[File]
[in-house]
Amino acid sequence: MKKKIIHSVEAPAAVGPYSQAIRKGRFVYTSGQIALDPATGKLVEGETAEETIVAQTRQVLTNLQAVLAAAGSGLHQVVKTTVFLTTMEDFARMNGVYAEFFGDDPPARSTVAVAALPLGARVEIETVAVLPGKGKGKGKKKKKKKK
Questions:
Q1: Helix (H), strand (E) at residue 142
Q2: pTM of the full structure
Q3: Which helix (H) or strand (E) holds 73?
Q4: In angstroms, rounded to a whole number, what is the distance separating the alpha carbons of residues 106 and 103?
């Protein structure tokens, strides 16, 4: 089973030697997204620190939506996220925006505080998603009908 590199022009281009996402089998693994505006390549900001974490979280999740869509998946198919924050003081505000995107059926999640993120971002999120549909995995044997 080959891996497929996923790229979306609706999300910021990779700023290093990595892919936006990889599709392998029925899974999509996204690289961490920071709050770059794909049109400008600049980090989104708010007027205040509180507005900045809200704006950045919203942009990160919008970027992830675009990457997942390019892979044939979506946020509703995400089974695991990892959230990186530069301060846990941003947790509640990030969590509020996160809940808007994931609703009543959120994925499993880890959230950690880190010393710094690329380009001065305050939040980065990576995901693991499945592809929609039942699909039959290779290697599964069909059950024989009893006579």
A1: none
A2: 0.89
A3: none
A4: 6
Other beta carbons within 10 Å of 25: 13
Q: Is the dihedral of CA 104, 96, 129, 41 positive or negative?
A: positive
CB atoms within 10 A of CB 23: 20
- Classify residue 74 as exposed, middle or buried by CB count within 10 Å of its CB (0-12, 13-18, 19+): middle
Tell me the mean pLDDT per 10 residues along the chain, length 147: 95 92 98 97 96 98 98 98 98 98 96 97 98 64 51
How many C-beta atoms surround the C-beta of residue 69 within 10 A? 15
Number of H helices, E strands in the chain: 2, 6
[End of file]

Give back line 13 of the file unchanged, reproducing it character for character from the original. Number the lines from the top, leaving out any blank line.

Other beta carbons within 10 Å of 25: 13